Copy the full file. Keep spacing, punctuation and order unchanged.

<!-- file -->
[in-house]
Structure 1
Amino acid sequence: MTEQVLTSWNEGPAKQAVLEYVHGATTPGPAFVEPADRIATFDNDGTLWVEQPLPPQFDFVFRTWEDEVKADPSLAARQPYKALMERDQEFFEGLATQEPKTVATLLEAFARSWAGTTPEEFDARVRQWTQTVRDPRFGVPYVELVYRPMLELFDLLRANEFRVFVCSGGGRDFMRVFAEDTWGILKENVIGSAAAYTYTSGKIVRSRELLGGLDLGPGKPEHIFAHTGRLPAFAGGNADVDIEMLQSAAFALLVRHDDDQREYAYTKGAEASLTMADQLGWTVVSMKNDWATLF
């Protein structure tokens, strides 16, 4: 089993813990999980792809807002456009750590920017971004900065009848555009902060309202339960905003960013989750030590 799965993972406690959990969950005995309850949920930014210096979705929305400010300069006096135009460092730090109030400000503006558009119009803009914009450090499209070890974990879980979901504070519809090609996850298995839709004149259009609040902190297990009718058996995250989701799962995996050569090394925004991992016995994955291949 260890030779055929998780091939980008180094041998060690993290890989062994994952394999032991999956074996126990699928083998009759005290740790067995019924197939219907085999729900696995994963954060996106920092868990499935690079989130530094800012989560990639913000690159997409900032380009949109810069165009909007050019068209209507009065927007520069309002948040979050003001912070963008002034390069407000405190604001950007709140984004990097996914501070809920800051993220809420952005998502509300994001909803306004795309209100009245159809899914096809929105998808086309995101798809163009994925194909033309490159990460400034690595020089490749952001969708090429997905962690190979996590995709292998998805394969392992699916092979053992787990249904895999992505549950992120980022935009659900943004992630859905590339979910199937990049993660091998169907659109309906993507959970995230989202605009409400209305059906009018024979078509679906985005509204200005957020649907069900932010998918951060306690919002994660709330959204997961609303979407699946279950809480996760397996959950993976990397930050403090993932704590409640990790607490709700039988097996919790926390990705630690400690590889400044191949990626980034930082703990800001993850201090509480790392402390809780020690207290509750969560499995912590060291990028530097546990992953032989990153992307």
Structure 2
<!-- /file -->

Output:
[in-house]
Structure 1
Amino acid sequence: MTEQVLTSWNEGPAKQAVLEYVHGATTPGPAFVEPADRIATFDNDGTLWVEQPLPPQFDFVFRTWEDEVKADPSLAARQPYKALMERDQEFFEGLATQEPKTVATLLEAFARSWAGTTPEEFDARVRQWTQTVRDPRFGVPYVELVYRPMLELFDLLRANEFRVFVCSGGGRDFMRVFAEDTWGILKENVIGSAAAYTYTSGKIVRSRELLGGLDLGPGKPEHIFAHTGRLPAFAGGNADVDIEMLQSAAFALLVRHDDDQREYAYTKGAEASLTMADQLGWTVVSMKNDWATLF
């Protein structure tokens, strides 16, 4: 089993813990999980792809807002456009750590920017971004900065009848555009902060309202339960905003960013989750030590 799965993972406690959990969950005995309850949920930014210096979705929305400010300069006096135009460092730090109030400000503006558009119009803009914009450090499209070890974990879980979901504070519809090609996850298995839709004149259009609040902190297990009718058996995250989701799962995996050569090394925004991992016995994955291949 260890030779055929998780091939980008180094041998060690993290890989062994994952394999032991999956074996126990699928083998009759005290740790067995019924197939219907085999729900696995994963954060996106920092868990499935690079989130530094800012989560990639913000690159997409900032380009949109810069165009909007050019068209209507009065927007520069309002948040979050003001912070963008002034390069407000405190604001950007709140984004990097996914501070809920800051993220809420952005998502509300994001909803306004795309209100009245159809899914096809929105998808086309995101798809163009994925194909033309490159990460400034690595020089490749952001969708090429997905962690190979996590995709292998998805394969392992699916092979053992787990249904895999992505549950992120980022935009659900943004992630859905590339979910199937990049993660091998169907659109309906993507959970995230989202605009409400209305059906009018024979078509679906985005509204200005957020649907069900932010998918951060306690919002994660709330959204997961609303979407699946279950809480996760397996959950993976990397930050403090993932704590409640990790607490709700039988097996919790926390990705630690400690590889400044191949990626980034930082703990800001993850201090509480790392402390809780020690207290509750969560499995912590060291990028530097546990992953032989990153992307």
Structure 2